Papers assess the result of Montenegro's first general election since independence. There is concern over the deployment of European troops to the international peacekeeping forces in Lebanon and Afghanistan. And a debate over the role of God in a future European constitution rumbles on.
After the victory by Montenegrin Prime Minister Milo Djukanovic's governing coalition in Sunday's election, the Vienna newspaper Der Standard writes that Brussels will now look favourably on the country's EU aspirations.
"With Djukanovic as leader, Montenegro poses no threat to the region's security," the paper says.
The premier "broke away from Slobodan Milosevic's nationalist war policy at the right time and he has apologised for war crimes in Croatia".
Under his government, a multi-ethnic society is being put into practice, and he "skilfully defused tensions in the country, which is split into secessionists and unionists", the paper says.
Under these circumstances, it adds, "Brussels and Washington are turning a blind eye to domestic policy flaws", particularly the grip Djukanovic's party has on the police, judicial, customs and finance sector and the virtual state control over the media.
Germany's Die Tageszeitung argues that there are doubts about Mr Djukanovic's ability or willingness to tackle widespread nepotism and corruption in the country.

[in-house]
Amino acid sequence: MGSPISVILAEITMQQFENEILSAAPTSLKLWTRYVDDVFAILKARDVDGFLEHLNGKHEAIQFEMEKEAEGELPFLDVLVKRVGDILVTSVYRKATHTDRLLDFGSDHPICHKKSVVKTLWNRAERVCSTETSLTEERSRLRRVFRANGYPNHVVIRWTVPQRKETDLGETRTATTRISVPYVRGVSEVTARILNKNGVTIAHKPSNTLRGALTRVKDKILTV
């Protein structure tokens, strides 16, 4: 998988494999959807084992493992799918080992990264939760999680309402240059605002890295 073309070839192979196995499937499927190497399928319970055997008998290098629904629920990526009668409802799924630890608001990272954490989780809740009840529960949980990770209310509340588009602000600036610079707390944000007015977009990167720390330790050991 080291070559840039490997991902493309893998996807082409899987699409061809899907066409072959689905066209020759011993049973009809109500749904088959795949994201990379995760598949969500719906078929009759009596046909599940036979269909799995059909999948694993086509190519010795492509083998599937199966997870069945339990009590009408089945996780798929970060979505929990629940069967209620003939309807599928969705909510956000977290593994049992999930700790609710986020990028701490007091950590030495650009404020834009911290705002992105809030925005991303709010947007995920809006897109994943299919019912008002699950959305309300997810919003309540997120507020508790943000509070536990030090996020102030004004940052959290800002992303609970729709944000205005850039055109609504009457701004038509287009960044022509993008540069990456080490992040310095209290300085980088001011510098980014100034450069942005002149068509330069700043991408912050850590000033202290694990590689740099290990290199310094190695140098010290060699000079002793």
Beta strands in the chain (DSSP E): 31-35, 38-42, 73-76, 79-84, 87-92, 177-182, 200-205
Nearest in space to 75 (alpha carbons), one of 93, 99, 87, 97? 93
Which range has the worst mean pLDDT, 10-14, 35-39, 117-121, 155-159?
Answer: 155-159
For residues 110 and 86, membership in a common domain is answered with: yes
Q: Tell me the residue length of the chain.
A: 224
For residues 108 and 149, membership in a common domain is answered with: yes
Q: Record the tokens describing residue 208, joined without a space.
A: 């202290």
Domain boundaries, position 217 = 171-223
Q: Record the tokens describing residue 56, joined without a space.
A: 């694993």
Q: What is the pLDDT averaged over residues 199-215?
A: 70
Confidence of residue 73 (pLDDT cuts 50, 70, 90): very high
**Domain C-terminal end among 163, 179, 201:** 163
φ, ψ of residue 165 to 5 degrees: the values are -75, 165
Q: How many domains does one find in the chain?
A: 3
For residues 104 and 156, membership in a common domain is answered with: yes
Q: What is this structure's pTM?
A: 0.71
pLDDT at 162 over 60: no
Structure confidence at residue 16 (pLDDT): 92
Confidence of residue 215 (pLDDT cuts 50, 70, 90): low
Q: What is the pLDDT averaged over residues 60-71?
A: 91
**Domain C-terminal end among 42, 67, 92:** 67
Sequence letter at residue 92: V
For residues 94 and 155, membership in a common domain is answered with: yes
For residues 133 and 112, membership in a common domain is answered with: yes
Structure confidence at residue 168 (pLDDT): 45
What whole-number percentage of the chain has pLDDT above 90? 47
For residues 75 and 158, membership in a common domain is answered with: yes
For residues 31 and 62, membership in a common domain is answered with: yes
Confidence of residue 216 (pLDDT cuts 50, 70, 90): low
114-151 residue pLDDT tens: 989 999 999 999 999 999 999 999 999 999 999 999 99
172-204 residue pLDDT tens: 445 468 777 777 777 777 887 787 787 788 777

"Djukanovic will not be able to break up the old structures stemming from communism and strengthened by nepotism that quickly," the paper says. "After all, he cannot turn against his most important allies in the state apparatus."
But if Montenegro is to join the EU and Nato, "that same apparatus has to be trimmed and modernised".
"Djukanovic can no longer hide behind the argument that Serbia's influence is hindering his country's development," the paper concludes.
"He knows how to do it," Serbia's Danas says about Mr Djukanovic, adding that: "His party has won absolute power mainly because of his leadership."
Following Mr Djukanovic's victory, there can no longer be any doubt about the stance of Montenegrin voters regarding their country's independence, Serbia's Blic says.
"The majority in Montenegro has sent a clear message," the daily says, calling upon Belgrade to take this into account.
"Serbia must co-operate with this government," it adds. Serbia should establish diplomatic ties with Montenegro, "showing that it accepts political reality and that it would like to have good relations with Montenegro", Blic says.
As the Bundestag prepares to discuss the deployment of German soldiers in Lebanon, a commentary in Germany's Die Welt argues that if troops are sent to the Middle East, Germany will be neither a peace broker nor neutral.
Germany would be helping to protect Israel's borders from attacks and curb Hezbollah, it says.
In Afghanistan, the Congo and elsewhere, the paper goes on, Germany's role is not that of a peace broker which "can please all sides". "We have long been a party to the fight of the Western democracies against the declared mortal enemies of our principles of freedom," the paper says.